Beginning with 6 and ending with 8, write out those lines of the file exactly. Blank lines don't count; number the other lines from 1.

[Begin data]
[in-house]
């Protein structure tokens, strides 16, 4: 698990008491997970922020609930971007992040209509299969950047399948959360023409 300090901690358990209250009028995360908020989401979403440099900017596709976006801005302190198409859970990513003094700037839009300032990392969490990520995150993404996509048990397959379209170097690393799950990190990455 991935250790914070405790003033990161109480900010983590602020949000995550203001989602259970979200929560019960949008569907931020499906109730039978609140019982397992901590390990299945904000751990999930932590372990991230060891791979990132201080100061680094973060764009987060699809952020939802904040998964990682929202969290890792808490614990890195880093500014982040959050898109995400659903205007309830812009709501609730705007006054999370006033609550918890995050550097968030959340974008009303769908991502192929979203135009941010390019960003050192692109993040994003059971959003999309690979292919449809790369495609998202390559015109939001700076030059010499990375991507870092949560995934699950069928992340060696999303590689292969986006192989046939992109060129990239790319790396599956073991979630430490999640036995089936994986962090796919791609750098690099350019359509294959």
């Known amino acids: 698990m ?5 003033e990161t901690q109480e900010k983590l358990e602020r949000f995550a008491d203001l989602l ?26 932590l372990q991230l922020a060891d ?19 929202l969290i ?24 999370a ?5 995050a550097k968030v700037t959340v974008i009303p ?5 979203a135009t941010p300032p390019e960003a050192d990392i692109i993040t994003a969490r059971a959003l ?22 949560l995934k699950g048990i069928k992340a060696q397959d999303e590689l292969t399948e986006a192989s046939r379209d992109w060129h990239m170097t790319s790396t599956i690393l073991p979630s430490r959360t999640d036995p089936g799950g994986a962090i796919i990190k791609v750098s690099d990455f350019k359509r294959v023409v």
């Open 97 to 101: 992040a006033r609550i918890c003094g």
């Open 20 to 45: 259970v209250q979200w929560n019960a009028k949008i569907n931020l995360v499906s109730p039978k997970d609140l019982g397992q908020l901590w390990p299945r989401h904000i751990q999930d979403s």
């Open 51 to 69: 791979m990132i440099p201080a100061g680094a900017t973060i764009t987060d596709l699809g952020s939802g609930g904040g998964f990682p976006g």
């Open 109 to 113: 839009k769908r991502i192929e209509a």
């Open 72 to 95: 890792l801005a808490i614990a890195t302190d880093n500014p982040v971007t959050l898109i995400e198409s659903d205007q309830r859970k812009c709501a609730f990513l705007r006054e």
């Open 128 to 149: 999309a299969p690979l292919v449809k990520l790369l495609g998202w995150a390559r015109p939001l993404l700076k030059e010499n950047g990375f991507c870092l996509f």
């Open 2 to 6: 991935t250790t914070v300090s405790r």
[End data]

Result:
């Open 51 to 69: 791979m990132i440099p201080a100061g680094a900017t973060i764009t987060d596709l699809g952020s939802g609930g904040g998964f990682p976006g």
């Open 109 to 113: 839009k769908r991502i192929e209509a």
């Open 72 to 95: 890792l801005a808490i614990a890195t302190d880093n500014p982040v971007t959050l898109i995400e198409s659903d205007q309830r859970k812009c709501a609730f990513l705007r006054e």